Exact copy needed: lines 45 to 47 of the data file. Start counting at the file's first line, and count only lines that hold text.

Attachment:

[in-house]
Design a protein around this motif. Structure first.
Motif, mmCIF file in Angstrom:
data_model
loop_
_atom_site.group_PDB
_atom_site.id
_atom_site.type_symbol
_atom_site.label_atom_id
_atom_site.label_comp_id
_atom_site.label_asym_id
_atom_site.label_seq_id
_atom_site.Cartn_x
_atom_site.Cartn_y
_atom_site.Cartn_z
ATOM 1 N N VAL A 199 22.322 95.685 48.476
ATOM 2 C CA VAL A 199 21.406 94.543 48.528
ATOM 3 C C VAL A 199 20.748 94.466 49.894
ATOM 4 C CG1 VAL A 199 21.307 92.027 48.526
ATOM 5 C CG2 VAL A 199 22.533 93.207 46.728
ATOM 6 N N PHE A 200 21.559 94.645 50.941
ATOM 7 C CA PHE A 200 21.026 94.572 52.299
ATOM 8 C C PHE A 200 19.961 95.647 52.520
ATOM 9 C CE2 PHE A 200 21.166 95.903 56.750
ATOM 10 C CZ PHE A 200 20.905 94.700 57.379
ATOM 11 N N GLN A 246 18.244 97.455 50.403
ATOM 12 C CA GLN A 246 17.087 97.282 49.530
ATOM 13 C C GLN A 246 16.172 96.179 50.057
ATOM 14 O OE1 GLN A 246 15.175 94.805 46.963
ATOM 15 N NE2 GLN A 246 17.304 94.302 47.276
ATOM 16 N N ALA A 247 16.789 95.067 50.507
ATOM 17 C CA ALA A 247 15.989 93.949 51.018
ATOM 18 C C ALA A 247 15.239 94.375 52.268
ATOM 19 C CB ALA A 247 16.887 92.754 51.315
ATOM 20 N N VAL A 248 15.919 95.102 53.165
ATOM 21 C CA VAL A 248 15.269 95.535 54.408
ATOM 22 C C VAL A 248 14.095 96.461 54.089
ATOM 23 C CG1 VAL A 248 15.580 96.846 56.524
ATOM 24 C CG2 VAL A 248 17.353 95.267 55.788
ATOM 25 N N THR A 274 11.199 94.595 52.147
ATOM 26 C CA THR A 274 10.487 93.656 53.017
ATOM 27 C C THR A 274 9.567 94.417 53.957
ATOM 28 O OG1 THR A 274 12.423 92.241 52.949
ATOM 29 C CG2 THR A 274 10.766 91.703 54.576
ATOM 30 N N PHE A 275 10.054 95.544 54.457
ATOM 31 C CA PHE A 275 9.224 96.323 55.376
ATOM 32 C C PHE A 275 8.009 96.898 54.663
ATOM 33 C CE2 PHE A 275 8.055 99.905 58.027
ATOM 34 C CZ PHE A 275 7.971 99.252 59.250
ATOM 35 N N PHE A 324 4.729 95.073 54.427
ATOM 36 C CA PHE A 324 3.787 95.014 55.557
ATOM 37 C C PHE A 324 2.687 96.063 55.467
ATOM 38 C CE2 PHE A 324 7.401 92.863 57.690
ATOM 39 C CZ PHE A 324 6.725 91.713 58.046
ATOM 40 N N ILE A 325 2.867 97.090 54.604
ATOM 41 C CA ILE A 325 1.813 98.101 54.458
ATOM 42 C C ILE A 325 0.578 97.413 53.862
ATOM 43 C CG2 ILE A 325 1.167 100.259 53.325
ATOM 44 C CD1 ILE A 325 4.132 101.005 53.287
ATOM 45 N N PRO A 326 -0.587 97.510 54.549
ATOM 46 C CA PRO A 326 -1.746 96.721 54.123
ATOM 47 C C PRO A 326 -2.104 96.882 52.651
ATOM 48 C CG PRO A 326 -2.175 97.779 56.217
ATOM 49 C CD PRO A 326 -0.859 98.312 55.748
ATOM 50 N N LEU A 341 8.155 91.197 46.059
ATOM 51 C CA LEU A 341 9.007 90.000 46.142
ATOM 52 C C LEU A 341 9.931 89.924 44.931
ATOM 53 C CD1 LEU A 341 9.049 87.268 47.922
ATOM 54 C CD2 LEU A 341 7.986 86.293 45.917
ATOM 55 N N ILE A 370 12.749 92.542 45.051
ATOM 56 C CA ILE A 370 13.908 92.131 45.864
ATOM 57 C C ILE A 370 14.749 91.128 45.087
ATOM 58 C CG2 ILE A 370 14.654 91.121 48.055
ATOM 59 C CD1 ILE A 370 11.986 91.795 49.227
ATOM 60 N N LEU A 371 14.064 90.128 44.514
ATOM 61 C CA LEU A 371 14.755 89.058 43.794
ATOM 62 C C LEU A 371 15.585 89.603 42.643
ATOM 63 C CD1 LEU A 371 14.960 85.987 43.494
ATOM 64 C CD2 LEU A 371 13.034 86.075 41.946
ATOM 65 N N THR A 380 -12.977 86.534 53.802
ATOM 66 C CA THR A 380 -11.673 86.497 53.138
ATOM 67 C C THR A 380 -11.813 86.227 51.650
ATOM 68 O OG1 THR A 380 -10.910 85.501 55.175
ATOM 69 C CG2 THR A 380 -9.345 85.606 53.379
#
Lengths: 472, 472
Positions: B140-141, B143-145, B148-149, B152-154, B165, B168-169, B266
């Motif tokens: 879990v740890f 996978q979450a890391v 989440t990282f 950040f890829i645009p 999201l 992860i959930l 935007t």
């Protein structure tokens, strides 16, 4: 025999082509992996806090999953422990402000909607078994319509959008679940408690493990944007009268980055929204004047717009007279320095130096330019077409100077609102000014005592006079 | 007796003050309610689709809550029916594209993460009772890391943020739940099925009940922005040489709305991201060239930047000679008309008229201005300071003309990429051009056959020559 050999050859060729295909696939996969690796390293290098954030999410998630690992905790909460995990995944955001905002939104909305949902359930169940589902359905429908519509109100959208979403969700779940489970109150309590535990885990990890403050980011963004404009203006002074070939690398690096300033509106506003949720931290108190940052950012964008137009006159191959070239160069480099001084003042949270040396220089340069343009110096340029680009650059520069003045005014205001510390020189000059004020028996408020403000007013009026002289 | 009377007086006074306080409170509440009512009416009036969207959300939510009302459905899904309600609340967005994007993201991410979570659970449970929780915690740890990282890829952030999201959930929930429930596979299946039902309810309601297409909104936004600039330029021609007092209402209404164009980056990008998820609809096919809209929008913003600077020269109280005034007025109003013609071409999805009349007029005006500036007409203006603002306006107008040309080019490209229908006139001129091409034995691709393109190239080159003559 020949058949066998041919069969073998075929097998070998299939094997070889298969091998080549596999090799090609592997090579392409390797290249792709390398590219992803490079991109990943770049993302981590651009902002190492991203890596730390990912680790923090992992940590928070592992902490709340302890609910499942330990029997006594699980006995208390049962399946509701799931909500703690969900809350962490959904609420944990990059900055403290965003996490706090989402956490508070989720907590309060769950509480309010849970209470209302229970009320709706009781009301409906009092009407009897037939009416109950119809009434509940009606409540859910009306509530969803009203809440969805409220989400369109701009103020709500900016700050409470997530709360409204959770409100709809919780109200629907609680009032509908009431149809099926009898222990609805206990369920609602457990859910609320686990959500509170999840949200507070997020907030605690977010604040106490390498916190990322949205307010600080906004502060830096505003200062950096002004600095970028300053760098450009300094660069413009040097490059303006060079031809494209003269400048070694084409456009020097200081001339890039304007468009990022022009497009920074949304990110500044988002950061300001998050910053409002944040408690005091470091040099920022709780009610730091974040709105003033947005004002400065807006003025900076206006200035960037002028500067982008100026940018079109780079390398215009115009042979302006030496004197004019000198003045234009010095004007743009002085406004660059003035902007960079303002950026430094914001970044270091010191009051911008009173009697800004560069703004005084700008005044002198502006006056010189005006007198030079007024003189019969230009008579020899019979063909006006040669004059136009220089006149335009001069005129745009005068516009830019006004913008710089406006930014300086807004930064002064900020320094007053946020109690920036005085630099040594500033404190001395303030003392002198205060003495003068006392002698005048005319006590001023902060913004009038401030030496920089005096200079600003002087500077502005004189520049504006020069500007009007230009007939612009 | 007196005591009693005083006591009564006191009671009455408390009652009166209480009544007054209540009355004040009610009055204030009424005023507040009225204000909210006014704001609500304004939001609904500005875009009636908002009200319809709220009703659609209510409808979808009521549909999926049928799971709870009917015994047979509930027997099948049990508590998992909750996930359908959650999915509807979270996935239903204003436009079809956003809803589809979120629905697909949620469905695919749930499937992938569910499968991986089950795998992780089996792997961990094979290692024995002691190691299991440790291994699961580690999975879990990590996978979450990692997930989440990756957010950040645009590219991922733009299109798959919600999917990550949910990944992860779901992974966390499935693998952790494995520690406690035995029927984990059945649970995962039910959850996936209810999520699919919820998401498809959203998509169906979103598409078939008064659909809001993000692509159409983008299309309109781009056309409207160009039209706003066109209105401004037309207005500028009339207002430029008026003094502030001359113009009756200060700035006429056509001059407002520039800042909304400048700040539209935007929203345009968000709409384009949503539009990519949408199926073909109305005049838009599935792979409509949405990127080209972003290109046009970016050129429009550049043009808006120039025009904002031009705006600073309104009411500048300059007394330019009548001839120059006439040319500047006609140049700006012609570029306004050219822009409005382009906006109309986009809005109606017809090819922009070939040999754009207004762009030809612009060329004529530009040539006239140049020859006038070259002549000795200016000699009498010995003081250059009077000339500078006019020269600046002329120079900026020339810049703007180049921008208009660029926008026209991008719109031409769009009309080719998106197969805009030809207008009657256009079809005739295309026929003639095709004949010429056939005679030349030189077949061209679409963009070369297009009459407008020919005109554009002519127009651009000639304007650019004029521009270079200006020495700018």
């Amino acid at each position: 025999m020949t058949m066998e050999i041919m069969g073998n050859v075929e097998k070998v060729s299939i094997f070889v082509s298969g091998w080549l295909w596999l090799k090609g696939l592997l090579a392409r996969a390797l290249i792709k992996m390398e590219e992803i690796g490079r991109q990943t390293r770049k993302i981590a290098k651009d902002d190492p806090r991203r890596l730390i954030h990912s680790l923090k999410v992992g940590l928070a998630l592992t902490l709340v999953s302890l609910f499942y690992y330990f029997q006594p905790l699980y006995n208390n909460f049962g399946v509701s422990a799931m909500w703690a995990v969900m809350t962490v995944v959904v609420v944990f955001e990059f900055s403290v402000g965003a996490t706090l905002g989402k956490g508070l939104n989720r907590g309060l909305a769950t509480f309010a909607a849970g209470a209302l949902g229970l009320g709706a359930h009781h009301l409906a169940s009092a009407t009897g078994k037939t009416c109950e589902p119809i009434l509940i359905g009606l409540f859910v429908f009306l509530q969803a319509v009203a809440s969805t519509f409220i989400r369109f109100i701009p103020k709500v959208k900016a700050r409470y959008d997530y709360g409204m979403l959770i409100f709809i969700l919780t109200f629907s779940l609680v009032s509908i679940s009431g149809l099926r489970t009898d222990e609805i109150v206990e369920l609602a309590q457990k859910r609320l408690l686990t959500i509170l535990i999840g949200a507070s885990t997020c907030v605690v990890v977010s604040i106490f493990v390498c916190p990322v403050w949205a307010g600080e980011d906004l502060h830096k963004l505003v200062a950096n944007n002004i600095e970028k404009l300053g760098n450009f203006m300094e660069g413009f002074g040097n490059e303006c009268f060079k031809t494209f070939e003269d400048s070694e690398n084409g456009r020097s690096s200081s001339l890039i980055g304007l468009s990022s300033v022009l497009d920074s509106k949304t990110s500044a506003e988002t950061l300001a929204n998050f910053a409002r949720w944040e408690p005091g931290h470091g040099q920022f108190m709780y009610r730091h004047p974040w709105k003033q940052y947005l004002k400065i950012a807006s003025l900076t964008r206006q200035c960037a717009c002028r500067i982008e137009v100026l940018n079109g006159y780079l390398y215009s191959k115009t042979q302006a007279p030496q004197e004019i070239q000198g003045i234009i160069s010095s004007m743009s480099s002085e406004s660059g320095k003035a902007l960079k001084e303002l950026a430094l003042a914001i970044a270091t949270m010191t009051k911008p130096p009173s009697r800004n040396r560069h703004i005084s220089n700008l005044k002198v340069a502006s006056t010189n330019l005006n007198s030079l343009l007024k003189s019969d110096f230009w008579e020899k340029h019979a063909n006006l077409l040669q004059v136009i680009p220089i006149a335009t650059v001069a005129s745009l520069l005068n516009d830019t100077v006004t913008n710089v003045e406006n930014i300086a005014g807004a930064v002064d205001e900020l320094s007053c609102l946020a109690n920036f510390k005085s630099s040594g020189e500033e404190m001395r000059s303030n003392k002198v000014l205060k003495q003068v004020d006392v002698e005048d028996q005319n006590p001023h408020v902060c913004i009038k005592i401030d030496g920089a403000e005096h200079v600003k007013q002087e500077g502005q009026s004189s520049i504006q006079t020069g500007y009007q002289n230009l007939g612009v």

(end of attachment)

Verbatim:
ATOM 30 N N PHE A 275 10.054 95.544 54.457
ATOM 31 C CA PHE A 275 9.224 96.323 55.376
ATOM 32 C C PHE A 275 8.009 96.898 54.663